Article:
Each month BLITZ, in association with Perrier, presents a selection of some of the capital’s finest and foremost bars and eating-places
BURT’S 42 Dean Street. London W1 (071) 734 3339
Singer Claudia Brücken has been a vegetarian since she moved to England from her native Düsseldorf. “In Germany it’s almost impossible to be vegetarian,” she says. “Even if you ask for salad they put ham in it. So giving up meat was never really an option. When I came here I was walking down Portobello Road and I saw this corpse of an animal hanging outside a butcher’s with loads of flies everywhere, and I knew I could never eat meat again. It’s so much easier practically to be vegetarian here, even if people sometimes treat you as if you’re handicapped.”
One is unlikely to encounter such problems at Burt’s, where designer eating has been skilfully married to a menu that’s dominated by exquisite fish dishes and an extensive selection of veggie options. The former include a delightful duo of salmon starter, and plaice stuffed with prawns in a saffron sauce. Easy to serve as over-elaborate nouvelle disasters, but presented here with relative simplicity. Brücken’s vegetarian selections were substantial and inventive —
These are busy days for Brücken, who is finishing off her first solo album since the demise of Act, in turn a progression from the Germanic surge of Propaganda. Interestingly, Propaganda have reformed and will find their new album out at the same time as Brücken’s.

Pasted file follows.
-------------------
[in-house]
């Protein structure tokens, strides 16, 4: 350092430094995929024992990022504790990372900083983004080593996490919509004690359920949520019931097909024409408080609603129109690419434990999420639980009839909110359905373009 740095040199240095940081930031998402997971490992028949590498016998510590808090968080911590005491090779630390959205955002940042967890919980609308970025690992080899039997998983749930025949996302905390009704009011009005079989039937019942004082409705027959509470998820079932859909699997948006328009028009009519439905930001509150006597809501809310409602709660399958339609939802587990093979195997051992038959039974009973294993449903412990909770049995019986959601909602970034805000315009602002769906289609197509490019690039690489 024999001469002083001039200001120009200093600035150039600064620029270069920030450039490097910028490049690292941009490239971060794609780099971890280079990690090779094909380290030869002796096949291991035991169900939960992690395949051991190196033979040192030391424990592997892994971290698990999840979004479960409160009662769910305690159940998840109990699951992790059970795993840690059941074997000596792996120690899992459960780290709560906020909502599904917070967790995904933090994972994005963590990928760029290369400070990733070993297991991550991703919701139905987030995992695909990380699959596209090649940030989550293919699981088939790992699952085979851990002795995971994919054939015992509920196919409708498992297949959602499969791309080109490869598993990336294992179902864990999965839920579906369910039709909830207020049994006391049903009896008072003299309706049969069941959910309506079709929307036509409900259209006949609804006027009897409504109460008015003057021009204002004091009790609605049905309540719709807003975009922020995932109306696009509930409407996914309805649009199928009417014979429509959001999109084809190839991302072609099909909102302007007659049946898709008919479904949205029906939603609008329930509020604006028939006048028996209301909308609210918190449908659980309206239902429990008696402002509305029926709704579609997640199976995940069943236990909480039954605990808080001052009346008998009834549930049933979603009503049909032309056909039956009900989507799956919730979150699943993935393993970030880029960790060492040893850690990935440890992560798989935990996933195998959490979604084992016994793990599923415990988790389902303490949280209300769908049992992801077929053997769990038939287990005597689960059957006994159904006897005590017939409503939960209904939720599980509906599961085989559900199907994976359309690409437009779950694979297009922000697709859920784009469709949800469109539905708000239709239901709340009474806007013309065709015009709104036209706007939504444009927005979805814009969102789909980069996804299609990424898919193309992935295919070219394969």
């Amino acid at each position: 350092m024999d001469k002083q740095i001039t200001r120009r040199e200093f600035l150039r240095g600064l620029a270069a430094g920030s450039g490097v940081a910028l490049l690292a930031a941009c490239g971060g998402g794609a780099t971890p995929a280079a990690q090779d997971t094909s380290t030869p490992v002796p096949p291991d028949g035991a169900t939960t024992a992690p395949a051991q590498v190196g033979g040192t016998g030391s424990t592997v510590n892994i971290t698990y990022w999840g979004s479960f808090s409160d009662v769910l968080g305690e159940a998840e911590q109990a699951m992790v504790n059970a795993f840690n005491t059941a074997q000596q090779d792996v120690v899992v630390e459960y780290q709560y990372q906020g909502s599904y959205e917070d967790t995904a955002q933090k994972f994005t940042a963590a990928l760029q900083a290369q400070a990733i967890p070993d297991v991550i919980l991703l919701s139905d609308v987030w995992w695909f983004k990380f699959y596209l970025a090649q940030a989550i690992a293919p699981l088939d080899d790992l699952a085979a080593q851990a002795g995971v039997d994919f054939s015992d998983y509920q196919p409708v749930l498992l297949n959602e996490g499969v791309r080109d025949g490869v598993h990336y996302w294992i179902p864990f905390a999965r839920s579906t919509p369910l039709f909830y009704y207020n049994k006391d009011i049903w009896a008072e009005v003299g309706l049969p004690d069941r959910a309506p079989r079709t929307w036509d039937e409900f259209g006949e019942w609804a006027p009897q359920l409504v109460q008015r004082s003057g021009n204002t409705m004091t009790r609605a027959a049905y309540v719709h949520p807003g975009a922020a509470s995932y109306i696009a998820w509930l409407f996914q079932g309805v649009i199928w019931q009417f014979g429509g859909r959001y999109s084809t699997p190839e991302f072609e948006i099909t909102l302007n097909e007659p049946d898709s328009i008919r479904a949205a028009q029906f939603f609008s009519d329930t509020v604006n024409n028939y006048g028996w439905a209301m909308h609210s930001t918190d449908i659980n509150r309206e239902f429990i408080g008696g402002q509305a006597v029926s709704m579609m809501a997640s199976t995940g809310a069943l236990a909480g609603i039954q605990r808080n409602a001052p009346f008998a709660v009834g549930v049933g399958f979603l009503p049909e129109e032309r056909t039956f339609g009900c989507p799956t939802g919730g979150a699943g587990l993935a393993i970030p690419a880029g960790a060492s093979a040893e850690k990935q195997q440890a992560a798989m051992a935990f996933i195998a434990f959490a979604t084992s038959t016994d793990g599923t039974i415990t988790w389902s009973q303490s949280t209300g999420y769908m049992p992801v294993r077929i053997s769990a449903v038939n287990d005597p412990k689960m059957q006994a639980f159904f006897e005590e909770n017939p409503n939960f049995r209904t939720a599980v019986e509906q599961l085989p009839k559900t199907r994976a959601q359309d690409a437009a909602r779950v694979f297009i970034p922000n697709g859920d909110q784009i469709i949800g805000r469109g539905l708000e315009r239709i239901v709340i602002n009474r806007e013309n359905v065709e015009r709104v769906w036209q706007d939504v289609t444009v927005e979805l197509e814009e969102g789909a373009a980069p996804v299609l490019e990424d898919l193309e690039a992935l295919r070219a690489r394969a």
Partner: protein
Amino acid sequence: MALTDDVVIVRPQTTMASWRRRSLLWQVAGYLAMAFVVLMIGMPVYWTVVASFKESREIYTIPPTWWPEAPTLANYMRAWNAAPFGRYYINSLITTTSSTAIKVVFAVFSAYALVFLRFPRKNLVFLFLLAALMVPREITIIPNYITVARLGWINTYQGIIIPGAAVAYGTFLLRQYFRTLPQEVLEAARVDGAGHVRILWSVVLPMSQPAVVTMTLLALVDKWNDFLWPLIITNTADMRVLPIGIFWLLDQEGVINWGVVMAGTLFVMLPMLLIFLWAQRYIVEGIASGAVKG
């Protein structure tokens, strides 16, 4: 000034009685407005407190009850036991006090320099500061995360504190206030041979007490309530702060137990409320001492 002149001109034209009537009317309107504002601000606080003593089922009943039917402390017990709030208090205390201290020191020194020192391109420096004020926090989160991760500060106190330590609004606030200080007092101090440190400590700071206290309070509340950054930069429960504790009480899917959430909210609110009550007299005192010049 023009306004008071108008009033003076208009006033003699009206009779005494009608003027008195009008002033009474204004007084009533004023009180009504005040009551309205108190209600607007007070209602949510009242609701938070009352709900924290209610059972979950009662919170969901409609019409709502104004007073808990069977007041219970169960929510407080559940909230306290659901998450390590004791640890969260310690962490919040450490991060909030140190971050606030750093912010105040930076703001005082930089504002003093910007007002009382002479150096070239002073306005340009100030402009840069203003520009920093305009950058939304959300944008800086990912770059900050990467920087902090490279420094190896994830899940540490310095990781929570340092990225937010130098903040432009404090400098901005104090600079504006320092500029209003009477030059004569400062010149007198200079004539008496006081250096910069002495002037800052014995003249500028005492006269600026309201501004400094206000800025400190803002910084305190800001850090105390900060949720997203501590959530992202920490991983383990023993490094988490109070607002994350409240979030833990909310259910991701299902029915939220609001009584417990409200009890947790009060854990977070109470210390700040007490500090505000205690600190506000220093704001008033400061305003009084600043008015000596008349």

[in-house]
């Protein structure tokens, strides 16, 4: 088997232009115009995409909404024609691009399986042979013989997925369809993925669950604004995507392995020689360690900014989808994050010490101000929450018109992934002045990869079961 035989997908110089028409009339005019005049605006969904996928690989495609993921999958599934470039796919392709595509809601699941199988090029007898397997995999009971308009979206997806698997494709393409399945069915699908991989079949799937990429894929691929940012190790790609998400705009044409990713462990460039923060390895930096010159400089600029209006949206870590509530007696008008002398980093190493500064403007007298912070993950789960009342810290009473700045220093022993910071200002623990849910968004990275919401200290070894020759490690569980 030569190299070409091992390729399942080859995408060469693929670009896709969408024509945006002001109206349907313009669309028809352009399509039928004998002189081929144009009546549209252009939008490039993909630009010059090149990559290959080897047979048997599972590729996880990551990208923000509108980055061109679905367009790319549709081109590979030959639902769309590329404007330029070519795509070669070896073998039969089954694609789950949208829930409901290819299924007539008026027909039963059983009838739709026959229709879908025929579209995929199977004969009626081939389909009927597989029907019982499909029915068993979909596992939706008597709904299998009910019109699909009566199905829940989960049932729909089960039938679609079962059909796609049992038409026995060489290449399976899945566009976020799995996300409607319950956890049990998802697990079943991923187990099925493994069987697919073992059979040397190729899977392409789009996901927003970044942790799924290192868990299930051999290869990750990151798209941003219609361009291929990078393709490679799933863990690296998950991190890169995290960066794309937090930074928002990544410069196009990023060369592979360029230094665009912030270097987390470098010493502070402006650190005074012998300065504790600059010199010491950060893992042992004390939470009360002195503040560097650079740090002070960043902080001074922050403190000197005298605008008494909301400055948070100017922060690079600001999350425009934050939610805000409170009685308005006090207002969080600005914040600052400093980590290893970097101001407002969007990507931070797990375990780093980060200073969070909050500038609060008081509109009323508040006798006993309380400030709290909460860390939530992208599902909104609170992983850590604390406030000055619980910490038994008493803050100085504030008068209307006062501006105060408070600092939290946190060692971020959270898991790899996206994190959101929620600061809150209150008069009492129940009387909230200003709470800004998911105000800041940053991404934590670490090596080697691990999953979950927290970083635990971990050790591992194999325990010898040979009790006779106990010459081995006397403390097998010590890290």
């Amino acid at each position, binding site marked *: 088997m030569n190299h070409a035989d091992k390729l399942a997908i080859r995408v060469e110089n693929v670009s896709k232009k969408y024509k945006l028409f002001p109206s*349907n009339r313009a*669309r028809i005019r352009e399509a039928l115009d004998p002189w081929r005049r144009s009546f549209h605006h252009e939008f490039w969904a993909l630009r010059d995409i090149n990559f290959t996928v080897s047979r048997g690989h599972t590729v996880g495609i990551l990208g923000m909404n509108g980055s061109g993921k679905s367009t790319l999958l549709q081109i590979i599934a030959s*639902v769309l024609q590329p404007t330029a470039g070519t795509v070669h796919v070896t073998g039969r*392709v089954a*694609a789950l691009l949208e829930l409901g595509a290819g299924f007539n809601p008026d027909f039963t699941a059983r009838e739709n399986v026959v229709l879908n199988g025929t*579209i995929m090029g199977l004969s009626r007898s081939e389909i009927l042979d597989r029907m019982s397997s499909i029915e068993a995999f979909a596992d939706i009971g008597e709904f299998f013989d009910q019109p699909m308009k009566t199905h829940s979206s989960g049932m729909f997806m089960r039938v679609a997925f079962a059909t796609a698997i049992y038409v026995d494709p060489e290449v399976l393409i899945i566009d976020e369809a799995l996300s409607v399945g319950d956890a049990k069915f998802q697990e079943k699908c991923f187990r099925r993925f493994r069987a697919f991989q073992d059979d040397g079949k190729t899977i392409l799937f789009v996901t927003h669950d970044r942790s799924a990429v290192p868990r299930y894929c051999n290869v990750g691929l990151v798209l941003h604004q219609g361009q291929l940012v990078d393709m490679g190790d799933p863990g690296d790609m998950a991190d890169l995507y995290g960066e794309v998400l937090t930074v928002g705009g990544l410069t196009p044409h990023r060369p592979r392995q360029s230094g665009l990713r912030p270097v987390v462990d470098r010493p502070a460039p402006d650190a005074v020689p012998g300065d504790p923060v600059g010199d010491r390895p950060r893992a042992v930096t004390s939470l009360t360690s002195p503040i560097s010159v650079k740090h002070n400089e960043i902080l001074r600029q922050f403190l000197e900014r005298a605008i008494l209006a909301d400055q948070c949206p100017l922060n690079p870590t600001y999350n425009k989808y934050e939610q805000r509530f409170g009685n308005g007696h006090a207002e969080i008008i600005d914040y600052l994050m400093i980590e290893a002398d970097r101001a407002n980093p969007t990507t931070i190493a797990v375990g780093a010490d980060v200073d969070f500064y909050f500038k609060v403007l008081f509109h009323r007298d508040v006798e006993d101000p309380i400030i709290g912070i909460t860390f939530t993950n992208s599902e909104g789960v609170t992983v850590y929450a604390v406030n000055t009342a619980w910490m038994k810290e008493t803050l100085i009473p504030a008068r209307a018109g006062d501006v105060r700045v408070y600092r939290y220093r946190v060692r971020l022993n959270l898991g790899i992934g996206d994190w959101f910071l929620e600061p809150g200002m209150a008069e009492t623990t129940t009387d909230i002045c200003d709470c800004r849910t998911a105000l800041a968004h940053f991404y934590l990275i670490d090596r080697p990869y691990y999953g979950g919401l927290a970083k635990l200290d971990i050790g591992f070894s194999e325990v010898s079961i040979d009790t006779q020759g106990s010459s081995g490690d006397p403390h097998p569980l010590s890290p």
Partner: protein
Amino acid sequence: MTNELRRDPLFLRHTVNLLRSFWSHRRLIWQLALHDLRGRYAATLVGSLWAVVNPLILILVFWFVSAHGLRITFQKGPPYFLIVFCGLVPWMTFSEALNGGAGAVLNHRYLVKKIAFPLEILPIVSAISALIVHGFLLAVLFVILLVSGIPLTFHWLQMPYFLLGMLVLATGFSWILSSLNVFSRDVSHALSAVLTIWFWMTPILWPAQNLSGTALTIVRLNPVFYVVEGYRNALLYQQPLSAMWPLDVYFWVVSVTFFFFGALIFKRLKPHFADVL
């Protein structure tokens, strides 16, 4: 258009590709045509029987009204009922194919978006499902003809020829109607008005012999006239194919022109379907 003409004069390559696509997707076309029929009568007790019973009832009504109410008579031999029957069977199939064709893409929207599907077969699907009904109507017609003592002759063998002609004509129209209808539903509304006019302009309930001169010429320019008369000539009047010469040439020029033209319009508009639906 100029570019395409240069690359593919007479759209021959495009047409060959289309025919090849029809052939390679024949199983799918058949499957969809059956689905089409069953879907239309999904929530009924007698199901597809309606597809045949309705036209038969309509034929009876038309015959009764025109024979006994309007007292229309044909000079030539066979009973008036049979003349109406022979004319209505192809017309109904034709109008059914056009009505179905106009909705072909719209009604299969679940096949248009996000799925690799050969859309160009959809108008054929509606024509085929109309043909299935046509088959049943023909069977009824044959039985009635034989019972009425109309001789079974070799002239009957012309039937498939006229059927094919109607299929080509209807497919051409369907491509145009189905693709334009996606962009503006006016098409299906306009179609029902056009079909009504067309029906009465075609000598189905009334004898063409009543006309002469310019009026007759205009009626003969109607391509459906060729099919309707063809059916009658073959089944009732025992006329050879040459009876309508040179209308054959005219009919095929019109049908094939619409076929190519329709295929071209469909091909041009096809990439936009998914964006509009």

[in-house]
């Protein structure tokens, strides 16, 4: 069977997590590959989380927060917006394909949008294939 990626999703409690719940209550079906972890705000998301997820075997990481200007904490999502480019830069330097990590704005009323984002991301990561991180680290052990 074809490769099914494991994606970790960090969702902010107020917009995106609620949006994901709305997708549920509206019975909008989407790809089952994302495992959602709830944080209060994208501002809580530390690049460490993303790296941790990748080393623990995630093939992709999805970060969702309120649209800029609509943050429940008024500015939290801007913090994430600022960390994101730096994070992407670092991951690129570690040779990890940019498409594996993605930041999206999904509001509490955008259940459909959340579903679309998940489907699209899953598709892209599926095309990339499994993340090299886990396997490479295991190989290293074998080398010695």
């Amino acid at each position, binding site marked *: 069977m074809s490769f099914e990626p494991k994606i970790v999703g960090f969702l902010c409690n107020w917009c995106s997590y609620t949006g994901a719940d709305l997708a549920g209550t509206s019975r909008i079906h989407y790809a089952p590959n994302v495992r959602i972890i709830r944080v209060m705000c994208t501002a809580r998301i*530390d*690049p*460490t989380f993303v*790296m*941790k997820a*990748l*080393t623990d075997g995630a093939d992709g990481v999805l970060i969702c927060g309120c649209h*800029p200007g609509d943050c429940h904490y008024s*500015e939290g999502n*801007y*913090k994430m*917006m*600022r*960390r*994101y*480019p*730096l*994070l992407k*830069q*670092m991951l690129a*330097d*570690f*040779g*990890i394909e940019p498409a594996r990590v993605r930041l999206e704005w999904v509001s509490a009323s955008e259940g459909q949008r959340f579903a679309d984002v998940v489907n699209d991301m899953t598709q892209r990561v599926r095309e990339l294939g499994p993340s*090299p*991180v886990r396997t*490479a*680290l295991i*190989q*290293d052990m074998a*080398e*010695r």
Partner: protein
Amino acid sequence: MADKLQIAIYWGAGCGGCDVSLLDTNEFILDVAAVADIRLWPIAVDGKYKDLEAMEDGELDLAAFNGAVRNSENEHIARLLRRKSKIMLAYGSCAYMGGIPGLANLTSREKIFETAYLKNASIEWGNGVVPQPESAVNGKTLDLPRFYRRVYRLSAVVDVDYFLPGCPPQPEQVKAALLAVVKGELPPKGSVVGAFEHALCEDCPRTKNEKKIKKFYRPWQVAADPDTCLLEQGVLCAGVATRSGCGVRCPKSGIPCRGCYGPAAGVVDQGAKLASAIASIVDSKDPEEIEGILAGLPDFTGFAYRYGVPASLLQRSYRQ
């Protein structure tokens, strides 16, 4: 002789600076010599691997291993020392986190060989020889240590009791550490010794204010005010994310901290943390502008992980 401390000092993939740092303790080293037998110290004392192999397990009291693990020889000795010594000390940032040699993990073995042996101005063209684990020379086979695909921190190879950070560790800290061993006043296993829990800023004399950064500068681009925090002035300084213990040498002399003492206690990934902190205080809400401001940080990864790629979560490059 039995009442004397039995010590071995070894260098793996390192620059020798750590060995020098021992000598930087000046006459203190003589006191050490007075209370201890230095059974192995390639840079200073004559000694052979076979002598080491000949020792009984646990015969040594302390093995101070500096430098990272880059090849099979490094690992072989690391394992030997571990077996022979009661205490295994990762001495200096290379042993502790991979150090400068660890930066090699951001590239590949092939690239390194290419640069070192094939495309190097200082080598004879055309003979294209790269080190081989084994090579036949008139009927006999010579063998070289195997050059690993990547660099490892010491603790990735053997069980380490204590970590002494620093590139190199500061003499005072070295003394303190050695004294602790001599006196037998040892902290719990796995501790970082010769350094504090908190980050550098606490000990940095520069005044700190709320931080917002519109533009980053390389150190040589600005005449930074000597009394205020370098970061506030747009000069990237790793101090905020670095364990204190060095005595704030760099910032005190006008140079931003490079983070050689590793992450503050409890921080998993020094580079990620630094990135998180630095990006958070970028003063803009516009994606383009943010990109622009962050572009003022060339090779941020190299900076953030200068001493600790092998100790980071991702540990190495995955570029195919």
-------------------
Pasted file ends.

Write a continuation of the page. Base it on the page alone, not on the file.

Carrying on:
“The new Propaganda is only really connected to the old one by their name,” she protests. “It’s a completely different line-up and it’s rather stupid of them to use the same name. Propaganda originally broke up when the boys in the band tried to take over like Lennon and McCartney or something, and although it was a bad end we’d done some great stuff. Now they’re trying to pass it off as Propaganda.”
Brücken is far more interested in her new project, a taster for which has already come in the form of the single, ‘Absolute’. The album covers the musical waterfront, from dance to “more muso things”, reflecting a revitalized creative energy. “In the past I’ve got just to the edge of being successful. This time I’m going all the way.”
We consider this over a selection from Burt’s extensive cognac list (prices range from £2 to £7 a glass), part of a bold and intriguing selection of drinks on offer. Like the rest of the menu, it’s not cheap (a meal for two will set you back approximately £80), but it certainly blows away any preconceptions about vegetarian eating. Perfect for ideologically sound power-lunching.